Quebecois death mongers MORTOR return for a second mucky jaunt following 2010's "Metal Ride". While their sinewy theme of war atrocities certainly fits an album filled with perpetual grind and proto-thrash, MORTOR are still a click or two away from delivering something truly monstrous.
If they'd arrived in the eighties, MORTOR likely could've been signed by New Renaissance Records, which then specialized in third tier death metal acts that are immortal only to a select crowd that remembers them such as AT WAR, HOLOCROSS, EXECUTIONER and WERHMACHT.
At this point, MORTOR is still third bracket class despite a propensity to produce cool moments of headbanging bliss on "Shoot 'Em Up". The rest, unfortunately, is redundant and choppy. While drummer Jay Cross can lay down some wicked licks, grooves and triplicates, whenever he's called upon to grind in primary, the songs themselves stay in primary instead of extending overtop him. In fact, timing issues ranging from held-back beat patterns to off-the-mark guitar solos keep MORTOR in check before they have the opportunity to truly explode. Much of their stick-it-and-bludgeon-it motif is repeated ad infinitum to the point of monotony until "Clusterfuck" has its silly way and MORTOR then begins to shape and mold different ideas incrementally.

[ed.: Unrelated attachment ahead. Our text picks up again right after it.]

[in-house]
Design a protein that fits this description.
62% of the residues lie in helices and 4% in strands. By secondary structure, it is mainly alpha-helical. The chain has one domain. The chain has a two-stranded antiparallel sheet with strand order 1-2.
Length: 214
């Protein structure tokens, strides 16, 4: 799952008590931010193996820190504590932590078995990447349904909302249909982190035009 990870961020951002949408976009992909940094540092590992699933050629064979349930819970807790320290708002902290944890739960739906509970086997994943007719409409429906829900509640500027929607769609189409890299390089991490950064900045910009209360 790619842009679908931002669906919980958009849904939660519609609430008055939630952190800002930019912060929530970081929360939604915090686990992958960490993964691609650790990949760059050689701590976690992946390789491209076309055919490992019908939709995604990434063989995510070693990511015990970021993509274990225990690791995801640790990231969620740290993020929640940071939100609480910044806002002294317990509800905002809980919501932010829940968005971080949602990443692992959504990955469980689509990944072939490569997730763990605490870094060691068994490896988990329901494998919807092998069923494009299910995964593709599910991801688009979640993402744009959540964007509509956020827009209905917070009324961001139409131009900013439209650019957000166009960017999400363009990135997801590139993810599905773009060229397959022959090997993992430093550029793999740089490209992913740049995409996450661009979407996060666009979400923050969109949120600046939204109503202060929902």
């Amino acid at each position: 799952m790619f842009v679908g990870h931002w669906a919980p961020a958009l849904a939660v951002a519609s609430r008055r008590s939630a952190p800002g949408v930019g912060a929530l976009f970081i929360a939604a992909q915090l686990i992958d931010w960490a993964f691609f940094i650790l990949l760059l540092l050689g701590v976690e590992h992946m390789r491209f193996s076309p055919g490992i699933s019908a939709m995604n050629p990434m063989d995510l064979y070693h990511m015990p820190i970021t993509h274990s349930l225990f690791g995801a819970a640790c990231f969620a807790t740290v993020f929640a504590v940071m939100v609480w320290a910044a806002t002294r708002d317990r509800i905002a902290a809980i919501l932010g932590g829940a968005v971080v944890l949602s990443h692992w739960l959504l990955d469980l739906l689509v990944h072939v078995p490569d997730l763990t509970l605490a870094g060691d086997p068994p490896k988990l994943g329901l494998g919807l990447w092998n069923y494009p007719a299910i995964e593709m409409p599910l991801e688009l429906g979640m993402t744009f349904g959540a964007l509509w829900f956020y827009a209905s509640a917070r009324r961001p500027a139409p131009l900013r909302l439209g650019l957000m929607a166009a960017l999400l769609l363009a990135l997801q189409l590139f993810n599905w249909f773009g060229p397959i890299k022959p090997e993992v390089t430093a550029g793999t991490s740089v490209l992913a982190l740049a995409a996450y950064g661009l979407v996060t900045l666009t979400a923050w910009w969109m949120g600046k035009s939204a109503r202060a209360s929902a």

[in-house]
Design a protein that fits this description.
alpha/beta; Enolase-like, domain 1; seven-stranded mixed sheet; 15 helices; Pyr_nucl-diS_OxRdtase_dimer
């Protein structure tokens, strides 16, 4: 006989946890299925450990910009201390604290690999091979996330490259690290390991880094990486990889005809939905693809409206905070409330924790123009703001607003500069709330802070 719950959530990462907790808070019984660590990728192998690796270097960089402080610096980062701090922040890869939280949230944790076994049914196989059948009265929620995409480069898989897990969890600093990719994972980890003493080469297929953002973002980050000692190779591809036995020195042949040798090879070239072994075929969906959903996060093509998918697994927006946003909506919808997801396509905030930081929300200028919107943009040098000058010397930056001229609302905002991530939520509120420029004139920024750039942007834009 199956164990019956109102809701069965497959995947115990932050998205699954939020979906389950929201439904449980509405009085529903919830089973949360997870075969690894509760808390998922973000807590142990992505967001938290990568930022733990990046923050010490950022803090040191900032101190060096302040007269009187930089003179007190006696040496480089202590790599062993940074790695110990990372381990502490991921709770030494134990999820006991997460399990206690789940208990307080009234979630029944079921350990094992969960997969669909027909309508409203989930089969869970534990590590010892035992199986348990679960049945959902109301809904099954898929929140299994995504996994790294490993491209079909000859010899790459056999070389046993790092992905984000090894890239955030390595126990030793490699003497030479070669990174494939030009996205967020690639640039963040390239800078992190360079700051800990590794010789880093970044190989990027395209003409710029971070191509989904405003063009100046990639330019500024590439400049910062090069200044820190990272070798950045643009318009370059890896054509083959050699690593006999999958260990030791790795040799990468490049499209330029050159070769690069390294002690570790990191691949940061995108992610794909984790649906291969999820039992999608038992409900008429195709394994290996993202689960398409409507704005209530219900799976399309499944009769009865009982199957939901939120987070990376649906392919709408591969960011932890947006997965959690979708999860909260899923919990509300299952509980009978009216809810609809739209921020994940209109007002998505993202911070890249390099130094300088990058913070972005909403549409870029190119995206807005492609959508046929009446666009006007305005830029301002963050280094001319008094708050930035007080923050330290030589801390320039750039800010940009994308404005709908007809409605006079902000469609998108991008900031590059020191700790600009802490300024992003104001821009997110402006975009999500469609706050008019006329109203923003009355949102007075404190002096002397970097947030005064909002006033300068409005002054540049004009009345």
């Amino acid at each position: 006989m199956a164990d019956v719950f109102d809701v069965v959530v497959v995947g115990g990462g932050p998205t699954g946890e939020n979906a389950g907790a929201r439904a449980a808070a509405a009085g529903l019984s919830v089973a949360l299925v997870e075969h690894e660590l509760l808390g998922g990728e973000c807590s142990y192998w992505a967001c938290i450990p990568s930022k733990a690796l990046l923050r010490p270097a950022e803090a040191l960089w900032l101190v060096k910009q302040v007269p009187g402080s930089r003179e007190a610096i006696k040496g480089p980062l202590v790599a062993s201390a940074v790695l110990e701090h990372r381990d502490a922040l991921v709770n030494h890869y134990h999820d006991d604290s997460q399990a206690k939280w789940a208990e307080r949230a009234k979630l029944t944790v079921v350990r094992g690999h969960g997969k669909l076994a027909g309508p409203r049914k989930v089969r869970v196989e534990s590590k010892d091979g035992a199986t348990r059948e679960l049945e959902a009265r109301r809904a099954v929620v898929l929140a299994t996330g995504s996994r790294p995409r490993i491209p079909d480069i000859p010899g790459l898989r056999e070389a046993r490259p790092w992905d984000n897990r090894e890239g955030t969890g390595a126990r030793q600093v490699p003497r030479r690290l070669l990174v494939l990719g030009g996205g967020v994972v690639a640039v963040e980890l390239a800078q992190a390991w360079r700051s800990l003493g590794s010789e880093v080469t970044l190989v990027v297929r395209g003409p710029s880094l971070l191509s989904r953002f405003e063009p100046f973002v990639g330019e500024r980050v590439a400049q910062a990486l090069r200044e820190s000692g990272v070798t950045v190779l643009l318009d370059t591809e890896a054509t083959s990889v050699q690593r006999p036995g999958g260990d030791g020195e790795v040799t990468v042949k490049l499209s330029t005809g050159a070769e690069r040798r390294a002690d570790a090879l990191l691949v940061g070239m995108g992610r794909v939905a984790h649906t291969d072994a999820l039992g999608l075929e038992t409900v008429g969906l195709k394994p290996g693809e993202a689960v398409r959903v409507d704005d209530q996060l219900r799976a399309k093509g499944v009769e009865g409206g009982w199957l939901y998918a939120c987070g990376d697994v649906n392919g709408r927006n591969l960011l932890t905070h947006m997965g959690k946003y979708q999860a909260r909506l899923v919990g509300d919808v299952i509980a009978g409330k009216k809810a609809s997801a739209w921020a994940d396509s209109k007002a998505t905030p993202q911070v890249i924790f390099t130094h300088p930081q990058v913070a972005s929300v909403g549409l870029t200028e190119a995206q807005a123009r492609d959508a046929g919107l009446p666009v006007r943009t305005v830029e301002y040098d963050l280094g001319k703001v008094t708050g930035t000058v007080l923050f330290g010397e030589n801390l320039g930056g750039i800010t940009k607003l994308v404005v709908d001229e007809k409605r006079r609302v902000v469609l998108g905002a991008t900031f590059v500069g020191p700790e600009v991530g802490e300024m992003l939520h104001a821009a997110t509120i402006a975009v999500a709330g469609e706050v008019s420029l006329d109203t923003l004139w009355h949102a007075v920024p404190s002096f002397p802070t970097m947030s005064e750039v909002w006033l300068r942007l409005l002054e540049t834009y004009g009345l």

They open up their songwriting schemes on "Trigger Happy", "Locked and Loaded" and "Infidels" by mingling slower chugs and better-executed solo sections, even if there could still stand for some tightening of the gears. The hilariously titled "Days of Our Knives" finally veers away from MORTOR's repetitive blitzkriegs with more doom and NWOBHM power punching.
Even though the basic grind line of "Whiskey Surgery" is no different in structure than most of "Shoot 'Em Up", it does present one of the sharpest threads of what MORTOR has to offer. Gnarly solos from Antonin Perras-Foisy on "Whiskey Surgery" and later on "The Bonesaw" steps up MORTOR's game, even if that game needs more stepping up overall. At least the album's bass-heavy pumper "Let's Deflagrate" gives hope that MORTOR has something more to invest in themselves than mere chunk 'n puke treatments. Not a perfect song, at least "Let's Deflagrate" gives listeners respite from "Shoot 'Em Up"'s round-and-round goring effect.
While nobody should argue MORTOR's lack of commitment to brutality and mayhem, it does go without saying they're barely above coming off as a one-trick-death-pony through two albums. Well-competent when they're set about their task, MORTOR's challenge in the future will be to think outside the box as they do in the second tiers of "Shoot 'Em Up". They may want to be another SIX FEET UNDER in spirit, but that thinking only gets you so far.
- Ray Van Horn, Jr.